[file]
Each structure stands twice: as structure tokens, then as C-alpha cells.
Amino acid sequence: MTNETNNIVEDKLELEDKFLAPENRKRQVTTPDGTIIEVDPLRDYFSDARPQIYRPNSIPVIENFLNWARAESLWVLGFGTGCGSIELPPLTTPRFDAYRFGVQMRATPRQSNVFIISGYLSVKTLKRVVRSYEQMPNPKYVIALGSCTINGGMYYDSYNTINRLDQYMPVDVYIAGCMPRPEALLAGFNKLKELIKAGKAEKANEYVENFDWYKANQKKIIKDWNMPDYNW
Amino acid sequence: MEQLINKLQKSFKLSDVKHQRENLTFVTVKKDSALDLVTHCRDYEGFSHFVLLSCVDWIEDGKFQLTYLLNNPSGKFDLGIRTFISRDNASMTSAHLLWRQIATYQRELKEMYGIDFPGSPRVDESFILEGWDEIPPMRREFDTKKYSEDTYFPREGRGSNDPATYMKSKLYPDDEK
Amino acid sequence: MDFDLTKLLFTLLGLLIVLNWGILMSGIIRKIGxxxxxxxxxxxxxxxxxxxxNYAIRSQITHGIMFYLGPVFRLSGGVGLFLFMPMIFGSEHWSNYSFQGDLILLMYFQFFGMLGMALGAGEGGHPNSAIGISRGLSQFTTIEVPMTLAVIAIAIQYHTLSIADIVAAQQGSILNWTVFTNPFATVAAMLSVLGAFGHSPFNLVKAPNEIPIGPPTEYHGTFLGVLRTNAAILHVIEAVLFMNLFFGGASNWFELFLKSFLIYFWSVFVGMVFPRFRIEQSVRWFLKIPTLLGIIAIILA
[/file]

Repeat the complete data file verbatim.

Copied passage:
Each structure stands twice: as structure tokens, then as C-alpha cells.
Amino acid sequence: MTNETNNIVEDKLELEDKFLAPENRKRQVTTPDGTIIEVDPLRDYFSDARPQIYRPNSIPVIENFLNWARAESLWVLGFGTGCGSIELPPLTTPRFDAYRFGVQMRATPRQSNVFIISGYLSVKTLKRVVRSYEQMPNPKYVIALGSCTINGGMYYDSYNTINRLDQYMPVDVYIAGCMPRPEALLAGFNKLKELIKAGKAEKANEYVENFDWYKANQKKIIKDWNMPDYNW
Amino acid sequence: MEQLINKLQKSFKLSDVKHQRENLTFVTVKKDSALDLVTHCRDYEGFSHFVLLSCVDWIEDGKFQLTYLLNNPSGKFDLGIRTFISRDNASMTSAHLLWRQIATYQRELKEMYGIDFPGSPRVDESFILEGWDEIPPMRREFDTKKYSEDTYFPREGRGSNDPATYMKSKLYPDDEK
Amino acid sequence: MDFDLTKLLFTLLGLLIVLNWGILMSGIIRKIGxxxxxxxxxxxxxxxxxxxxNYAIRSQITHGIMFYLGPVFRLSGGVGLFLFMPMIFGSEHWSNYSFQGDLILLMYFQFFGMLGMALGAGEGGHPNSAIGISRGLSQFTTIEVPMTLAVIAIAIQYHTLSIADIVAAQQGSILNWTVFTNPFATVAAMLSVLGAFGHSPFNLVKAPNEIPIGPPTEYHGTFLGVLRTNAAILHVIEAVLFMNLFFGGASNWFELFLKSFLIYFWSVFVGMVFPRFRIEQSVRWFLKIPTLLGIIAIILA